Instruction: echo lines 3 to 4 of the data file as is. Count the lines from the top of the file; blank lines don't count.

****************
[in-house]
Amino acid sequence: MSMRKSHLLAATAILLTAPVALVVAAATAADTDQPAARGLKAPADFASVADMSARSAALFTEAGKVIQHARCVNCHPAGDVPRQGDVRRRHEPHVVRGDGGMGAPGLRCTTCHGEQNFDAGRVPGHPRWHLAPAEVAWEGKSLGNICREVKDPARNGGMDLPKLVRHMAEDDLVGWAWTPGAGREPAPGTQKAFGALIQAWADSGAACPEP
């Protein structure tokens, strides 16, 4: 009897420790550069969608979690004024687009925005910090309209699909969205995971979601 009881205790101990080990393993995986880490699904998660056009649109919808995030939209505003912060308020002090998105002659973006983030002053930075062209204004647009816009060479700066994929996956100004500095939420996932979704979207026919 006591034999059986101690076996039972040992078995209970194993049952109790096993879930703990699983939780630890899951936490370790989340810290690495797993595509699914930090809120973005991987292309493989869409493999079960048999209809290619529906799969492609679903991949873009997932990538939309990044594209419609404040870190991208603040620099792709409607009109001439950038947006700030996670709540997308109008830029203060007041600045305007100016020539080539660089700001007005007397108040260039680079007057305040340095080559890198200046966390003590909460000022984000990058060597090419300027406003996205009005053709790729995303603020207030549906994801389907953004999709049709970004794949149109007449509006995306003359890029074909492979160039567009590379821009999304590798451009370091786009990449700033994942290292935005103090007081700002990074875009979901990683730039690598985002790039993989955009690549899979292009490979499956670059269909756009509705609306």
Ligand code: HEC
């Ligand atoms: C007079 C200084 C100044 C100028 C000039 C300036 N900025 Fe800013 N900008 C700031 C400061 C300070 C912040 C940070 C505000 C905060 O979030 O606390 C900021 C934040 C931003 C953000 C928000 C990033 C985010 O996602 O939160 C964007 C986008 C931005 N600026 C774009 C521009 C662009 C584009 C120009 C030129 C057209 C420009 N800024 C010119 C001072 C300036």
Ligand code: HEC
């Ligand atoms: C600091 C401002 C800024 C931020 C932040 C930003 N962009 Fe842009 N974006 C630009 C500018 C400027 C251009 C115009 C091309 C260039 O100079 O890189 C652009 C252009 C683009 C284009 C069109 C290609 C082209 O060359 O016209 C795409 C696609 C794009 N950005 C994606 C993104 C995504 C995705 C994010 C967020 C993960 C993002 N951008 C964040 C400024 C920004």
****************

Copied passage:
């Protein structure tokens, strides 16, 4: 009897420790550069969608979690004024687009925005910090309209699909969205995971979601 009881205790101990080990393993995986880490699904998660056009649109919808995030939209505003912060308020002090998105002659973006983030002053930075062209204004647009816009060479700066994929996956100004500095939420996932979704979207026919 006591034999059986101690076996039972040992078995209970194993049952109790096993879930703990699983939780630890899951936490370790989340810290690495797993595509699914930090809120973005991987292309493989869409493999079960048999209809290619529906799969492609679903991949873009997932990538939309990044594209419609404040870190991208603040620099792709409607009109001439950038947006700030996670709540997308109008830029203060007041600045305007100016020539080539660089700001007005007397108040260039680079007057305040340095080559890198200046966390003590909460000022984000990058060597090419300027406003996205009005053709790729995303603020207030549906994801389907953004999709049709970004794949149109007449509006995306003359890029074909492979160039567009590379821009999304590798451009370091786009990449700033994942290292935005103090007081700002990074875009979901990683730039690598985002790039993989955009690549899979292009490979499956670059269909756009509705609306």
Ligand code: HEC